In points of error five and six, appellant contends the trial court erred in not ordering the preparation of a presentence investigation report (PSI) as required by article 42.12, section 9 of the Texas Code of Criminal Procedure.6 See tex.Code Crim. Proc. Ann. art. 42.12, § 9(a) (Vernon Supp.1999). The State responds that a PSI was prepared and timely submitted but is not a part of the appellate record because neither the State nor appellant offered or objected to the report at the punishment hearing.
Appellate courts are permitted to supplement the appellate record if a relevant item has been omitted. See tex.R.App. P. 34.5(c). Accordingly, we directed the District Clerk of Galveston County to supplement the clerk's record in this case with the PSI, if one had been prepared. The clerk has complied with our request and a supplemental record, containing the PSI, has been filed in this court. Thus, appellant's complaint about the trial court's failure to order the preparation of a PSI is without merit. As to appellant's sixth point of error, the PSI does contain the alcohol and drug evaluation prescribed by article 42.12, section 9(h)(2). Thus, appellant's sixth point of error is without merit. Accordingly, we overrule points of error five and six.
The judgment of the trial court is affirmed.
1. Specifically, point of error one states: “Appellant received ineffective assistance of counsel at trial when his trial attorney failed to advise him, on the record, that one of the consequences of his plea was that he would be a registered sex offender, in violation of the 6th & 14th Amendments of the United States Constitution; Article I, Section 10 of the Texas Constitution; and Articles 1.05 & 26.13 of the Texas Code of Criminal Procedure, rendering his plea of guilty to the Court involuntary.”
2. We pause to note that this standard conflicts with People v. Garcia, 799 P.2d 413, 415 (Colo.App.1990), aff'd, 815 P.2d 937 (Colo.1991): “Although a defendant need not be advised of all collateral consequences of a guilty plea, if counsel has reason to know that particular collateral consequences are a concern to a defendant, but fails to conduct appropriate research, then failure to advise the defendant properly of those consequences may constitute ineffective assistance of counsel if the failure resulted in prejudice.” Moreover, it is highly desirable that counsel develop the practice of advising defendants of the collateral consequences of the plea. See United States v. Campbell, 778 F.2d at 765.
3. The Morrow court set forth the following as examples of collateral consequences of a plea: deportation, enhancement of punishment, mental health commitment proceedings, loss of good time credit, consecutive sentences, deprivation of right to vote and to travel abroad, undesirable discharge from military, loss of public or private employment, driver's license suspension and loss of the right to possess firearms. 952 S.W.2d at 536, 539 (cases cited therein).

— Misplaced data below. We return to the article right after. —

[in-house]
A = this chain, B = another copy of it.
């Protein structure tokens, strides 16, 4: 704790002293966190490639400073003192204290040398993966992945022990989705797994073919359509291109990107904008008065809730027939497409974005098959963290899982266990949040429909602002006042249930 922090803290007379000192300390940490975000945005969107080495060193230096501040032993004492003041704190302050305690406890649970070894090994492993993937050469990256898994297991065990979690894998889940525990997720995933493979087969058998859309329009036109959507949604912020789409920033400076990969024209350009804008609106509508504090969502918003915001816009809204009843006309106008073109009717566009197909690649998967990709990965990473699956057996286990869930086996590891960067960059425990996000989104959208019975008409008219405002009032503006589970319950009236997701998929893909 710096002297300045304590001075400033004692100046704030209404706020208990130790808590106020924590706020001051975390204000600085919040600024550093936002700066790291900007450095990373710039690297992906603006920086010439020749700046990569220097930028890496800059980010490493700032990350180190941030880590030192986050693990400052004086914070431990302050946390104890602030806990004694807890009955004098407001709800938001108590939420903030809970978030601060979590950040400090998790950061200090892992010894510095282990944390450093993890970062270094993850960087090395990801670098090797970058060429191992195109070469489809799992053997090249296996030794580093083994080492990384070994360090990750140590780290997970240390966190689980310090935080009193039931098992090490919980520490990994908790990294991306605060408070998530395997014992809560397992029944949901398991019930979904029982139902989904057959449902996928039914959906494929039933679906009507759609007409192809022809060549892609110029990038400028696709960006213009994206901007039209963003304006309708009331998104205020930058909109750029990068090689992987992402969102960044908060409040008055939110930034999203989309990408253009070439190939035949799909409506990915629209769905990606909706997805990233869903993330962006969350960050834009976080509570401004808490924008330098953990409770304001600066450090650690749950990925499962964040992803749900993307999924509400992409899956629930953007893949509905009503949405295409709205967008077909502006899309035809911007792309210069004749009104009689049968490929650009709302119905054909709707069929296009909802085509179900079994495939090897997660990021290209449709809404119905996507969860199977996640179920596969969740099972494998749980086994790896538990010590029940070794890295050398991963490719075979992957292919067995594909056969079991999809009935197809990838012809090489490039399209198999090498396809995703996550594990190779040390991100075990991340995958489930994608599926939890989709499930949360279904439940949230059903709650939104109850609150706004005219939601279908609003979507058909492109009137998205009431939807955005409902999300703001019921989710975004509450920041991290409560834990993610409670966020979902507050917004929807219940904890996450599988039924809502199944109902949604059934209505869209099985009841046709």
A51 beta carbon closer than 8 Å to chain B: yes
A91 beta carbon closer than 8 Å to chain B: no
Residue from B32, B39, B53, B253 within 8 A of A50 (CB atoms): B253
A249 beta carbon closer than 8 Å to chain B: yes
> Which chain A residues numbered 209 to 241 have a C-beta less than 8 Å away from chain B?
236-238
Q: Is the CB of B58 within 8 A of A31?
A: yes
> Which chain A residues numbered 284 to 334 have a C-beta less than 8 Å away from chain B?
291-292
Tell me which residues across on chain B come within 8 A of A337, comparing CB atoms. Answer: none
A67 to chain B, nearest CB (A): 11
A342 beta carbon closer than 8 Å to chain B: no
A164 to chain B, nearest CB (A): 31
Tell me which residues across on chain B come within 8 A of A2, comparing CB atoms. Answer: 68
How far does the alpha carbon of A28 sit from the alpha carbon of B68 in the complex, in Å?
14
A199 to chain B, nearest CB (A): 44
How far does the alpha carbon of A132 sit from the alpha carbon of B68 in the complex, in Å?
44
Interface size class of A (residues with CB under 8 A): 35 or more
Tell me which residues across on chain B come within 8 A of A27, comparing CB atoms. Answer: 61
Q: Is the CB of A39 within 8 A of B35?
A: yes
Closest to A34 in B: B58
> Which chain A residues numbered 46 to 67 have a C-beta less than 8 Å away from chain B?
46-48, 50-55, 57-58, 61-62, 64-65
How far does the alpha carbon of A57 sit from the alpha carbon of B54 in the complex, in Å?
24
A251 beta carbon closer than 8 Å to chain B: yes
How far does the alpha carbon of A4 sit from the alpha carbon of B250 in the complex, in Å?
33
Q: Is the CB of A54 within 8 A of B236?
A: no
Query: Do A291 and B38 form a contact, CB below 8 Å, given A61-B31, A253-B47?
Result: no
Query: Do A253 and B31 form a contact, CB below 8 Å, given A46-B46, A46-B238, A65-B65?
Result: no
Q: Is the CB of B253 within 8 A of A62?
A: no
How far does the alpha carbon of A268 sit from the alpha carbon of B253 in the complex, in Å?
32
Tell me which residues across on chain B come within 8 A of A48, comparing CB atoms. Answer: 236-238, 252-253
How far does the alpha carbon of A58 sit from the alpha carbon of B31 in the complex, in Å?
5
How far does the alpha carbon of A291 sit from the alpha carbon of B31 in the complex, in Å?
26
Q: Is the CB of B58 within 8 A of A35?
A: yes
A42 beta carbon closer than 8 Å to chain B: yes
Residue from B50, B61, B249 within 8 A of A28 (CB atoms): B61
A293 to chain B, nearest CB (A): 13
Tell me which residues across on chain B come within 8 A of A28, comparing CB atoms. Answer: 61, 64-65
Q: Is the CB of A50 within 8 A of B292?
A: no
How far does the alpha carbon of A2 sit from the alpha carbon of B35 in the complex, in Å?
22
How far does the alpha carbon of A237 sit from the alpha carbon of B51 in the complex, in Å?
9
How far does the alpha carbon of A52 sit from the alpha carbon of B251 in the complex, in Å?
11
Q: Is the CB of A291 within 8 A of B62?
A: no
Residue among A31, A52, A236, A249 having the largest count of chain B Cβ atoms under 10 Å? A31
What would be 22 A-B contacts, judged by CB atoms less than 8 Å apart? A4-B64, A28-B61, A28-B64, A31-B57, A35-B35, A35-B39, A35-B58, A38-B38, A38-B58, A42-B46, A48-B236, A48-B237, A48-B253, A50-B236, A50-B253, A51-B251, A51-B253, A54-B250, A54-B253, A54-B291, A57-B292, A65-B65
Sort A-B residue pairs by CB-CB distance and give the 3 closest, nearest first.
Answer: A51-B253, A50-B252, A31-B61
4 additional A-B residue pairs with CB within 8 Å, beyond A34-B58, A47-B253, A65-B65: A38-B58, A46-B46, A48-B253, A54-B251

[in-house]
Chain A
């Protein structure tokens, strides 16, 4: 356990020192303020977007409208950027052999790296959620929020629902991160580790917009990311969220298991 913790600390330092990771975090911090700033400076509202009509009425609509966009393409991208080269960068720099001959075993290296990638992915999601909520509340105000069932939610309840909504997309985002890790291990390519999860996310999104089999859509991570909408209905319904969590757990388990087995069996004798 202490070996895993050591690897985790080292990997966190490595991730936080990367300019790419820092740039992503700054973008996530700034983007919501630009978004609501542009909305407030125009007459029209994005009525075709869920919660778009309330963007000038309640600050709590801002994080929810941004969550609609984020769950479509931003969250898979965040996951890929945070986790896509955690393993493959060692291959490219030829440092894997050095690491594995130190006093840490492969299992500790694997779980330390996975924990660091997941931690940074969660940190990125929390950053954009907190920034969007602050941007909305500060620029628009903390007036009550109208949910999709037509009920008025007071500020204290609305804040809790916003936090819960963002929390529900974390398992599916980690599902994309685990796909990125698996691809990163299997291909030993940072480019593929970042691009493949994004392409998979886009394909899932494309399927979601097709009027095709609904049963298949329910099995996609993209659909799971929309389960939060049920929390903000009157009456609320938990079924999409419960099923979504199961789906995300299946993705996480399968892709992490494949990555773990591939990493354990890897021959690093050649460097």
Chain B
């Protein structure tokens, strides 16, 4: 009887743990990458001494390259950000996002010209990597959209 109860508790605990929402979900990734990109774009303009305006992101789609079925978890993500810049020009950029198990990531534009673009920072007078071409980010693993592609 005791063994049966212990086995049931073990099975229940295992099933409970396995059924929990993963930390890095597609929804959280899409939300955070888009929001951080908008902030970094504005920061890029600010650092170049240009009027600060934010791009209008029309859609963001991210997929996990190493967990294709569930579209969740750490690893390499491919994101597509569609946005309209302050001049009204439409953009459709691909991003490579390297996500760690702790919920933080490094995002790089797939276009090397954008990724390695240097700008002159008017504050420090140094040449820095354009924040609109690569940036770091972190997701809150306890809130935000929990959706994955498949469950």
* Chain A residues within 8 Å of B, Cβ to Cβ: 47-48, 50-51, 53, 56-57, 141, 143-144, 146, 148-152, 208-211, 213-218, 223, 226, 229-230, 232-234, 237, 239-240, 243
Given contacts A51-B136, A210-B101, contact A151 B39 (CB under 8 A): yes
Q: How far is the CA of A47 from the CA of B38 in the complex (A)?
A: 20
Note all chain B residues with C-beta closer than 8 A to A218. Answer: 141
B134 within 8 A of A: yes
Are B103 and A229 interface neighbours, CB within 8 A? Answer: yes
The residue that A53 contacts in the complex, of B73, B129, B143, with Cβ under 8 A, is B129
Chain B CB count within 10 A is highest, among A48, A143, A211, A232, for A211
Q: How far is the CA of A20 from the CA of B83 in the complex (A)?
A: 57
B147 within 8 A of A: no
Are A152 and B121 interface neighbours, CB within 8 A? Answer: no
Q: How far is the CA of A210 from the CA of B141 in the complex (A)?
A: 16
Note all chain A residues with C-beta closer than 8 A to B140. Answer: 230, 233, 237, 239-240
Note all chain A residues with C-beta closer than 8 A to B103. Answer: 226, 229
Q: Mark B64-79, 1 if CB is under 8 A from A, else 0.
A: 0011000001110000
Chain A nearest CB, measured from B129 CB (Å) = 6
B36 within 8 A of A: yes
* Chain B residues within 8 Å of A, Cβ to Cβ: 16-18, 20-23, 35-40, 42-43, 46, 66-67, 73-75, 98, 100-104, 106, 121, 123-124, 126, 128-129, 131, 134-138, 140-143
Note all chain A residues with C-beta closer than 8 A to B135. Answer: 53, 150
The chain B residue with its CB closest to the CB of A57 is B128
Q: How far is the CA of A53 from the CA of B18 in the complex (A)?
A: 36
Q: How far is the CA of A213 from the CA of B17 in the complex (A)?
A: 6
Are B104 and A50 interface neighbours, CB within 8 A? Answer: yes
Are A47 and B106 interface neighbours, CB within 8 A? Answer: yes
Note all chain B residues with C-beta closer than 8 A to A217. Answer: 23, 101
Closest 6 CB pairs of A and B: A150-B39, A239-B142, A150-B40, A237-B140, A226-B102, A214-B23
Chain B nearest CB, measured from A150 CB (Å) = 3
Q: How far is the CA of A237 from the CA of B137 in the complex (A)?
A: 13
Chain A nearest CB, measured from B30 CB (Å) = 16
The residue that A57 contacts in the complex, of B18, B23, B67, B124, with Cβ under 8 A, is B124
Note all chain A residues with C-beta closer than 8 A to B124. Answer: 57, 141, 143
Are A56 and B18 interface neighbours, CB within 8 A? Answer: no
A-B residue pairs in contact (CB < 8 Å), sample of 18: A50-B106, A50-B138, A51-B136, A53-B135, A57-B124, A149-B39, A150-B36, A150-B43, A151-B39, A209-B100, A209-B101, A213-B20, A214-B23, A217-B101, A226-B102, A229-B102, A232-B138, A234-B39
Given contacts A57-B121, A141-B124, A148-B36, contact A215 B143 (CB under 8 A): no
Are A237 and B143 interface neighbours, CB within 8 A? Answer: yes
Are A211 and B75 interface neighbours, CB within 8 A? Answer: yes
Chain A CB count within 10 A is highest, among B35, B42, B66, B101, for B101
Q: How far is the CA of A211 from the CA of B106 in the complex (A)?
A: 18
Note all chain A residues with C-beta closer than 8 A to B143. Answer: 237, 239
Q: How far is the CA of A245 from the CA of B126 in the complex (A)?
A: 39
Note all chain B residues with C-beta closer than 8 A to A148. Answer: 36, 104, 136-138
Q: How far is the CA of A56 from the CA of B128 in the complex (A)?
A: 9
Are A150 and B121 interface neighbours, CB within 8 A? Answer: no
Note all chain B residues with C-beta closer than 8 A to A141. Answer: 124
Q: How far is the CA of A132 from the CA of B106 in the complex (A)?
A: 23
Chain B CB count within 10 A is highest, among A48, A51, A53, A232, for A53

4. We will not address the contentions pertaining to article I, section 10 of the Texas Constitution or article 1.05 of the Texas Code of Criminal Procedure because appellant proffers no argument or authority as to the protection offered by those provisions or how their protection differs from the protection guaranteed by the U.S. Constitution. See Narvaiz v. State, 840 S.W.2d 415, 432 (Tex.Crim.App.1992); Morehead v. State, 807 S.W.2d 577, 579 n. 1 (Tex.Crim.App.1991); McCambridge v. State, 712 S.W.2d 499, 501-02 n. 9 (Tex.Crim.App.1986); Garay v. State, 954 S.W.2d 59, 64 (Tex.App.-San Antonio 1997, pet. ref'd).
5. Specifically, these points of error state:Point of Error II: “Appellant's plea of guilty to the trial court was involuntary because he was not properly admonished by the trial court that as a direct consequence of his plea, he would be a registered sex offender in violation of the Texas Code of Criminal Procedure, Article 26.13(d).”Point of Error III: “Appellant's plea of guilty to the trial court was involuntary because he was not properly admonished by the trial court as to the full range of punishment in that is plea of guilty to sexual assault requires that he register as a sex offender for a specific term of years, in violation of the Texas Code of Criminal Procedure, Article 26.13(d).”Point of Error IV: “Appellant's plea of guilty was involuntary and violative of due process of law because he was not admonished by the trial court that a direct consequence of his plea was that the law require that he register as a sex offender and that the admonishment given was incorrect and incomplete.”
6. Specifically, these points of error state:“Point of Error V: The trial court did not direct the probation to conduct a presentence investigation as mandated by the Texas Code of Criminal Procedure, Article 41.12, Sec. 9(a);” and,“Point of Error VI: The trial court did not direct the probation to conduct an alcohol evaluation to determine the appropriateness of an alcohol or drug rehabilitation and to report that evaluation to the court as required by the Texas Code of Criminal Procedure, Article 41.12, Sec. 9(h).”
CHARLES F. BAIRD, Justice.